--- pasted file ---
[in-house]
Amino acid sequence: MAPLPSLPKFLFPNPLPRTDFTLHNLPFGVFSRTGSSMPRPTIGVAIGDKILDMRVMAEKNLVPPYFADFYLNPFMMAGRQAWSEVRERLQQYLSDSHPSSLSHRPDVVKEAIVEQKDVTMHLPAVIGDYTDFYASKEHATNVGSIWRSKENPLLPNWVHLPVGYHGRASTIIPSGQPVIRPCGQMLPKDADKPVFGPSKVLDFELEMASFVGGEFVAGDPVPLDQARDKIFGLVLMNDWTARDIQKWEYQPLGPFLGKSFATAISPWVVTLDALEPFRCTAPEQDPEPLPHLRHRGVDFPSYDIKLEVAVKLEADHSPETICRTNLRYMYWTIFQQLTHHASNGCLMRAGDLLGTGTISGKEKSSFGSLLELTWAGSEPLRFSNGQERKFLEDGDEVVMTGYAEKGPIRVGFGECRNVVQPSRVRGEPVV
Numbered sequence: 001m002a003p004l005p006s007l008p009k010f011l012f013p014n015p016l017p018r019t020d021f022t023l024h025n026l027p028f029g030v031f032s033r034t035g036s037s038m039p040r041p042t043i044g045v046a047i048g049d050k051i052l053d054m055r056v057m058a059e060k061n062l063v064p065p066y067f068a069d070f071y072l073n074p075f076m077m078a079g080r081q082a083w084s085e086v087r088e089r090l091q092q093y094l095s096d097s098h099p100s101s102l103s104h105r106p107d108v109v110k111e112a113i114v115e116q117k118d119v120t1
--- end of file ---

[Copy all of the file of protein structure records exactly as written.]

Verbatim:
[in-house]
Amino acid sequence: MAPLPSLPKFLFPNPLPRTDFTLHNLPFGVFSRTGSSMPRPTIGVAIGDKILDMRVMAEKNLVPPYFADFYLNPFMMAGRQAWSEVRERLQQYLSDSHPSSLSHRPDVVKEAIVEQKDVTMHLPAVIGDYTDFYASKEHATNVGSIWRSKENPLLPNWVHLPVGYHGRASTIIPSGQPVIRPCGQMLPKDADKPVFGPSKVLDFELEMASFVGGEFVAGDPVPLDQARDKIFGLVLMNDWTARDIQKWEYQPLGPFLGKSFATAISPWVVTLDALEPFRCTAPEQDPEPLPHLRHRGVDFPSYDIKLEVAVKLEADHSPETICRTNLRYMYWTIFQQLTHHASNGCLMRAGDLLGTGTISGKEKSSFGSLLELTWAGSEPLRFSNGQERKFLEDGDEVVMTGYAEKGPIRVGFGECRNVVQPSRVRGEPVV
Numbered sequence: 001m002a003p004l005p006s007l008p009k010f011l012f013p014n015p016l017p018r019t020d021f022t023l024h025n026l027p028f029g030v031f032s033r034t035g036s037s038m039p040r041p042t043i044g045v046a047i048g049d050k051i052l053d054m055r056v057m058a059e060k061n062l063v064p065p066y067f068a069d070f071y072l073n074p075f076m077m078a079g080r081q082a083w084s085e086v087r088e089r090l091q092q093y094l095s096d097s098h099p100s101s102l103s104h105r106p107d108v109v110k111e112a113i114v115e116q117k118d119v120t1